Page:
This promotional elpee captures the fresh energy of Graham Parker and the Rumour flush with their first success.
Kronomyth 1.5: Arch NME cover boy.
Graham Parker’s label released a promotional live record in between his first and second albums, recorded in front of small audience of insiders. Live at Marble Arch features five tracks from his first elpee, Howlin Wind, two from the upcoming Heat Treatment and a few covers of the R&B/soul music that inspired him. For a promo elpee, it’s a remarkably clean-sounding record (Nick Lowe is credited as producer) and the performance is predictably excellent.
The performances of White Honey, Back to Schooldays, Silly Thing, Don’t Ask Me Questions and Soul Shoes match the energy and intensity of the originals. In fact, I think I like these versions of “White Honey” and “Silly Thing” even more than the originals. The two new tracks from Heat Treatment are also terrific: That’s What They All Say and Back Door Love. As for the covers, Parker does a fine job on Chain of Fools and I’ve never heard a bad version of You Can’t Hurry Love. The encore performance of Little Richard’s Kansas City (who Parker introduces as a “screaming nutcase from America”) is the lone miss; they had about ten years to figure out how to out-rock The Beatles and didn’t.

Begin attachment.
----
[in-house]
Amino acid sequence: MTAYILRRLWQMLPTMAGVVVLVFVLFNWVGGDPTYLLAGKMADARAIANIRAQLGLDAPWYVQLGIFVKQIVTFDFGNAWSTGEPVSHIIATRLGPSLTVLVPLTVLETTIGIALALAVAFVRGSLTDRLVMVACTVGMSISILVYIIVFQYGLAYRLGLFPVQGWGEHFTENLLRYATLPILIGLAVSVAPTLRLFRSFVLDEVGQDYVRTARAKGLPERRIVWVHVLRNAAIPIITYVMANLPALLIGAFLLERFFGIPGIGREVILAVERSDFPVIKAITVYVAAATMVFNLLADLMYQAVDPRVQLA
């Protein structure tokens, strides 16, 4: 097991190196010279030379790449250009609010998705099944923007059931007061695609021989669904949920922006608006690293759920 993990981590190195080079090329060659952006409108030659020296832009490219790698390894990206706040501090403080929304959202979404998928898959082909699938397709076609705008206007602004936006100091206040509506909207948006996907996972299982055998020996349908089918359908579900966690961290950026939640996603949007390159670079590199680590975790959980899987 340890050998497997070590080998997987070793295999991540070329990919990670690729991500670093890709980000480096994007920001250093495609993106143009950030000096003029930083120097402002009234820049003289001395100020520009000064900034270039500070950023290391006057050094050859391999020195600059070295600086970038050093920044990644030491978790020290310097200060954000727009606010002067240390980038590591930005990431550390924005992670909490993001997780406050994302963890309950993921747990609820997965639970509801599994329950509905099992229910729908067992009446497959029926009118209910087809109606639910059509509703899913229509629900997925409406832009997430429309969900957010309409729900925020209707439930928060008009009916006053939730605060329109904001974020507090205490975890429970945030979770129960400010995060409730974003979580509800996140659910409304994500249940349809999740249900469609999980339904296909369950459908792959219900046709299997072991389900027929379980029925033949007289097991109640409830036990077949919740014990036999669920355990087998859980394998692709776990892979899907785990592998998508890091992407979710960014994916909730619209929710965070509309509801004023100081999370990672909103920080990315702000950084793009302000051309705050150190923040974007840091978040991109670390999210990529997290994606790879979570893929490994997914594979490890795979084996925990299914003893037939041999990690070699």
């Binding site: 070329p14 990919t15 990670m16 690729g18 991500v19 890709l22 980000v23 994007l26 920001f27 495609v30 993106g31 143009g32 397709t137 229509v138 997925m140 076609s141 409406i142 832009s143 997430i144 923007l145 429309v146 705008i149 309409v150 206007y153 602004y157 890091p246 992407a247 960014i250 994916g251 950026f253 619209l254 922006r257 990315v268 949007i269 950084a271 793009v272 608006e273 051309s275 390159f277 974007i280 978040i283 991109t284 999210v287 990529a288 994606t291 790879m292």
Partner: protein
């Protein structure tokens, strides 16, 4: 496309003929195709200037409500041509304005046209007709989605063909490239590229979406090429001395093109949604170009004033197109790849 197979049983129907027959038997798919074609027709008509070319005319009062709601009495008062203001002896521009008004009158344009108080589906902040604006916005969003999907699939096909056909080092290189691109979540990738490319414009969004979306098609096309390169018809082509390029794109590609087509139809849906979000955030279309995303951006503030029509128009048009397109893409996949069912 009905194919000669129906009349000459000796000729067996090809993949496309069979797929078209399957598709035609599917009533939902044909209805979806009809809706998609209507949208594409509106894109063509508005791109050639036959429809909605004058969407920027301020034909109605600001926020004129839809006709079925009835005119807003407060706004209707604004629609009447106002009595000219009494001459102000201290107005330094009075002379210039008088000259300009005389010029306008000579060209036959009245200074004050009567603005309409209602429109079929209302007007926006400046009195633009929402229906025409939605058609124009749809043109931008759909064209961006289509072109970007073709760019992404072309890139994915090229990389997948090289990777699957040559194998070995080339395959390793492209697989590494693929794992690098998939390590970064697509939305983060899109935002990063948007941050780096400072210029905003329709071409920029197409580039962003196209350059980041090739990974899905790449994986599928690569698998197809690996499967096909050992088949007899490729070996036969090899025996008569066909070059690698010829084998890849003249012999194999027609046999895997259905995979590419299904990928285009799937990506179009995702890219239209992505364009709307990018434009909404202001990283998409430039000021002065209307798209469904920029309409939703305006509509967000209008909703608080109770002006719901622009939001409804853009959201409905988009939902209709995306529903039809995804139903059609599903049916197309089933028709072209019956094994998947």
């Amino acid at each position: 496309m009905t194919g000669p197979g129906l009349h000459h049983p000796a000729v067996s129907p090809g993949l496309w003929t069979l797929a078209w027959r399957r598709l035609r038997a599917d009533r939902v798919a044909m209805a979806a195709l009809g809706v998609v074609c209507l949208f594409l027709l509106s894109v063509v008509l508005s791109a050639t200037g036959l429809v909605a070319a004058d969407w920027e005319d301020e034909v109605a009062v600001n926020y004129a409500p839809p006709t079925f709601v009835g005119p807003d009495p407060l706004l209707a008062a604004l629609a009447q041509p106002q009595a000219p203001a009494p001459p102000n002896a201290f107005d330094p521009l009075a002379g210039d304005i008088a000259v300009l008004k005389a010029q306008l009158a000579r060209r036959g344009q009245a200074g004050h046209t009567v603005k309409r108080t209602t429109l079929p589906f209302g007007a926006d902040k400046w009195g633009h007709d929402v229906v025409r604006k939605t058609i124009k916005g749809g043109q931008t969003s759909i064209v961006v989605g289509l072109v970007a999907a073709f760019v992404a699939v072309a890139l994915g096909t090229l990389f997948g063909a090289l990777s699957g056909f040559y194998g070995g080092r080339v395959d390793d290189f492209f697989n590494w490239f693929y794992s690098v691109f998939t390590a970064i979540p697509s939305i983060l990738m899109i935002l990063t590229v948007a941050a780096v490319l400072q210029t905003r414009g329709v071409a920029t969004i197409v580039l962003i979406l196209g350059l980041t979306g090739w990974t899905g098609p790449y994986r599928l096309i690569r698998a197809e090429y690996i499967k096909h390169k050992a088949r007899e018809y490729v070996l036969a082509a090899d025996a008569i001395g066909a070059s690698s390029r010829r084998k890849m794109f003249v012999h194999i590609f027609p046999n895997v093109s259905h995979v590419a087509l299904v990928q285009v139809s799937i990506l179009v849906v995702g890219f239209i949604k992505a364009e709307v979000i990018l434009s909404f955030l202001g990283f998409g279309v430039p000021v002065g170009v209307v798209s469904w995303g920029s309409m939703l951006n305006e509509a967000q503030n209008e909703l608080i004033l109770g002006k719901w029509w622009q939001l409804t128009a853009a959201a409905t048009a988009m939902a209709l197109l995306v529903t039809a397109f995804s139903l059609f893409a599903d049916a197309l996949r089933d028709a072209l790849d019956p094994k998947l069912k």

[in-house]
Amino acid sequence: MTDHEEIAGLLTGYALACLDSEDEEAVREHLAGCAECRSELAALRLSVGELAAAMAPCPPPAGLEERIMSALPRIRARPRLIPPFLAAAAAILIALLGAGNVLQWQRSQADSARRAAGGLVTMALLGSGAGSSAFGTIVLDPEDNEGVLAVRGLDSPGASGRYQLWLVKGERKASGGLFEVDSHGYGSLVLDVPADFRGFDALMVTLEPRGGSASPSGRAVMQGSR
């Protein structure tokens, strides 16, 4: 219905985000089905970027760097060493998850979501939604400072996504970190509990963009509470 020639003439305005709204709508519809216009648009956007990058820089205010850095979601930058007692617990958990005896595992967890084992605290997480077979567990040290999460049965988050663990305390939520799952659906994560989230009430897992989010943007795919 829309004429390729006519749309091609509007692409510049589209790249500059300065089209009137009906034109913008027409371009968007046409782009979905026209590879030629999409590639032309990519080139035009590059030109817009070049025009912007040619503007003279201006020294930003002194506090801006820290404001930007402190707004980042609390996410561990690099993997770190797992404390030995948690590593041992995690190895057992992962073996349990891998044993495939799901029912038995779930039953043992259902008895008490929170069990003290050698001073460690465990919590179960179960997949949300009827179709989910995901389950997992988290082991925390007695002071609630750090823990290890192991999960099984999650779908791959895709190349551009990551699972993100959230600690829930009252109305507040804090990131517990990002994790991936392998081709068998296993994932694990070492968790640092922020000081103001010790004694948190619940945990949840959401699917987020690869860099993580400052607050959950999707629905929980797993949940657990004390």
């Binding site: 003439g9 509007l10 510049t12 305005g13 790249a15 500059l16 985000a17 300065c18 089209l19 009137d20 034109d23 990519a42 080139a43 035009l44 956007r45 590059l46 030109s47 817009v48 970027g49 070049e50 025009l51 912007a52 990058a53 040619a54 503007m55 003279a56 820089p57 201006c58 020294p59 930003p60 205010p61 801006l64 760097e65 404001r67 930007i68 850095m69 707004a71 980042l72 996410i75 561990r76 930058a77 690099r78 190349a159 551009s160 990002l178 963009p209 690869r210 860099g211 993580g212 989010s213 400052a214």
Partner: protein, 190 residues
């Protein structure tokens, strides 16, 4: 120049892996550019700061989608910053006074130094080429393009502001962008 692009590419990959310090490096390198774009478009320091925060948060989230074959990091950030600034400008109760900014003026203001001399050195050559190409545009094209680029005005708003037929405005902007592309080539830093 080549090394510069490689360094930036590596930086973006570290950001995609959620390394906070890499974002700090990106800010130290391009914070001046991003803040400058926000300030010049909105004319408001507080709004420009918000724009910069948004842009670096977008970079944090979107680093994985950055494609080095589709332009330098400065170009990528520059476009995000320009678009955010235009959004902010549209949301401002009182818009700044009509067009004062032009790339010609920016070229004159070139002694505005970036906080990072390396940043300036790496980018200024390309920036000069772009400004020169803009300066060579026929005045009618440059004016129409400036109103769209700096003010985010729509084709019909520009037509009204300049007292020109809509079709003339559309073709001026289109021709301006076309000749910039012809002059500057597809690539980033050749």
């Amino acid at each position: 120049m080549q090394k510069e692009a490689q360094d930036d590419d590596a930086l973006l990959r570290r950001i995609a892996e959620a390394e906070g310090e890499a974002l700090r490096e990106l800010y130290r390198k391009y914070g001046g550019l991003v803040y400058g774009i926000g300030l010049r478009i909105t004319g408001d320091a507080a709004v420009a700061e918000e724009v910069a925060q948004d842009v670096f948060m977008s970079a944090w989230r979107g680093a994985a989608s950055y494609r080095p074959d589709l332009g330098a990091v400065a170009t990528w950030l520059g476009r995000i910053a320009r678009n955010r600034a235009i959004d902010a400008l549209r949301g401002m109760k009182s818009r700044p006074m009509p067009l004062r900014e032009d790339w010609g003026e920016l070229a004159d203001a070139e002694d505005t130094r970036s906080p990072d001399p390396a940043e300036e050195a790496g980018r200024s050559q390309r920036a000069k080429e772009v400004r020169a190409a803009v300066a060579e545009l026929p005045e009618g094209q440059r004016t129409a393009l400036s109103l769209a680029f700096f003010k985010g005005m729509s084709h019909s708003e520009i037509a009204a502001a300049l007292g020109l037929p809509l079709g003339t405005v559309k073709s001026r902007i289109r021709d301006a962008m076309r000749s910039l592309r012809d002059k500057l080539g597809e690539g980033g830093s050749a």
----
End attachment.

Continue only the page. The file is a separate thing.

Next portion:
You can find a used copy of Live at Marble Arch for around twenty bucks, which is a bargain in my book. Given how lame The Parkerilla turned out to be, this is the definitive early Parker live album by default. Mercury knew that had something special with Graham Parker and the Rumour, and you can forgive them their excitement in releasing three Parker albums in the span of one year. At least this one wasn’t purely motivated by profit, although it is a smart bit of promotion.
Original elpee version
A1. White Honey
A2. That’s What They All Say
A3. Back Door Love
A4. Back to Schooldays
A5. Silly Thing
B1. Chain of Fools
B2. Don’t Ask Me Questions
B3. You Can’t Hurry Love
B4. Soul Shoes
B5. Kansas City
Graham Parker (vocals), Bob Andrews (keyboards), Martin Belmont (guitar), Andrew Bodnar (bass), Steve Goulding (drums), Brinsley Schwarz (guitar). Produced by Nick Lowe.
Released as promotional elpee in July 1976 in the UK (Phonogram, GP1).